(1) In the case of Italian-type hams processed in accordance with paragraph (i)(1) of this section, those that have progressed beyond the final wash stage;
(2) In the case of Serrano hams or Iberian hams or pork shoulders processed in accordance with paragraphs (i)(2), (i)(3), or (i)(4) of this section, those that have progressed beyond salting; and
(3) In the case of Iberian pork loins processed in accordance with paragraph (i)(5) of this section, those that have progressed beyond being placed in a casing.
(i) The dry-cured ham, pork shoulder, or pork loin was processed whole in accordance with this paragraph. Except for pork fat treated to at least 76 °C (168.8 °F), which may have been placed over the meat during curing, the dry-cured pork product must have had no contact with any other meat or animal product during processing.
(1) Italian-type hams. The ham was processed for a period of not less than 400 days in accordance with the following conditions: after slaughter the ham was held at a temperature of 0-3 °C. (32-34.7 °F) for a minimum of 72 hours during which time the “aitch” bone and the foot was removed and the blood vessels at the end of the femur were massaged to remove any remaining blood; thereafter the ham was covered with an amount of salt equal to 4-6 percent of the weight of the ham, with a sufficient amount of water added to ensure that the salt had adhered to the ham; thereafter the ham was placed for 5-7 days on racks in a chamber maintained at a temperature of 0-4 °C. (32-39.2 °F) and at a relative humidity of 70-85 percent; thereafter the ham was covered with an amount of salt equal to 4-6 percent of the weight of the ham, with a sufficient amount of water added to ensure that the salt had adhered to the ham; thereafter the ham was placed for 21 days in a chamber maintained at a temperature of 0-4 °C. (32-39.2 °F.) and at a relative humidity of 70-85 percent; thereafter the salt was brushed off the ham; thereafter the ham was placed in a chamber maintained at a temperature of 1-6 °C. (33.8-42.8 °F.) and at a relative humidity of 65-80 percent for between 52 and 72 days; thereafter the ham was brushed and rinsed with water; thereafter the ham was placed in a chamber for 5-7 days at a temperature of 15-23 °C. (59-73.4 °F.) and a relative humidity of 55-85 percent; thereafter the ham was placed for curing in a chamber maintained for a minimum of 314 days at a temperature of 15-20 °C. (59-68 °F.) and at a relative humidity of 65-80 percent at the beginning and increased by 5 percent every 21/2 months until a relative humidity of 85 percent was reached.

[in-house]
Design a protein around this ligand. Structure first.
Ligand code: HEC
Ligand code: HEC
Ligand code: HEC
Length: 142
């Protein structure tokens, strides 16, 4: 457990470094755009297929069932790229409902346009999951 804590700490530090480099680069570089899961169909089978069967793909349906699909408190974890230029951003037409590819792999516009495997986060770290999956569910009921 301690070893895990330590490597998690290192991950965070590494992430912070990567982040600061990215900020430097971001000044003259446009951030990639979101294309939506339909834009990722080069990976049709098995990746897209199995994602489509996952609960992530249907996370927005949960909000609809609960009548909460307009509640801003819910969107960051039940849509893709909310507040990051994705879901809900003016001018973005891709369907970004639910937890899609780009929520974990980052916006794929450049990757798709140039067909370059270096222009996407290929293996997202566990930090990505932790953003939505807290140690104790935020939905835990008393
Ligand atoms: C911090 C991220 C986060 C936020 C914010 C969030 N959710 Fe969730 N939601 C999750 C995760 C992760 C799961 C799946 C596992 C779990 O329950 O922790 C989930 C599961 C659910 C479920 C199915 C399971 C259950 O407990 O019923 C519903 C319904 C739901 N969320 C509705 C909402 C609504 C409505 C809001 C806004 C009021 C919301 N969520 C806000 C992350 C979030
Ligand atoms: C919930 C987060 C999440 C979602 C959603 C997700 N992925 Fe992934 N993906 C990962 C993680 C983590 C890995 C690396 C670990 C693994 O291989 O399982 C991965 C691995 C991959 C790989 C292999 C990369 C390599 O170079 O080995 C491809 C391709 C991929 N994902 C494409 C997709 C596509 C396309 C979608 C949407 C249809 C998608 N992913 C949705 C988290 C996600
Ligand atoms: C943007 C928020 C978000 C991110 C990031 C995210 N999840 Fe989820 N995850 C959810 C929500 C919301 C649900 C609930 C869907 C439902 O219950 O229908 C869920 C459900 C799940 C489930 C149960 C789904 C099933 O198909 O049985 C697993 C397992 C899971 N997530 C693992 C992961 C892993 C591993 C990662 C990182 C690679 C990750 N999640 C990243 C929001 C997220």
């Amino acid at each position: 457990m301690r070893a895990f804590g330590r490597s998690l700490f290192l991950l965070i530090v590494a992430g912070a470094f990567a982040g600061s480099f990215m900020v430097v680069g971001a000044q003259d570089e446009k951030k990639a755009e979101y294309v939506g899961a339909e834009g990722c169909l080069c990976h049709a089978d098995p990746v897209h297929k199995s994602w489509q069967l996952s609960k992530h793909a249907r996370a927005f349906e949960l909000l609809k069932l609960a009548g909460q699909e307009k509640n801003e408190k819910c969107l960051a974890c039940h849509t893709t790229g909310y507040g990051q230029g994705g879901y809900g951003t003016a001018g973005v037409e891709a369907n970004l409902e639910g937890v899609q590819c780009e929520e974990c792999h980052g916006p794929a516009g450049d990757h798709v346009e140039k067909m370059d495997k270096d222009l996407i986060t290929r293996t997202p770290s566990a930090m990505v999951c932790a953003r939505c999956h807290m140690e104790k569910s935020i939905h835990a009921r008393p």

(2) Serrano hams. Serrano hams were processed as follows (190-day minimum curing process):
(i) If the ham is received frozen, it was thawed in a chamber with relative humidity between 70 and 80 percent, with room temperature maintained at 12 °C to 13 °C (53.6 °F to 55.4 °F) for the first 24 hours, then at 13 °C to 14 °C (55.4 °F to 57.2 °F) until the internal temperature of the ham reached 3 °C to 4 °C (37.4 °F to 39.2 °F), at which point the blood vessels at the end of the femur were massaged to remove any remaining blood.
(ii) The ham was covered in salt and placed in a chamber maintained at a temperature from 0 °C to 4 °C (32 °F to 39.2 °F), with relative humidity between 75 and 95 percent, for a period no less than 0.65 days per kg and no more than 2 days per kg of the weight of the ham.
(iii) The ham was rinsed with water and/or brushed to remove any remaining surface salt.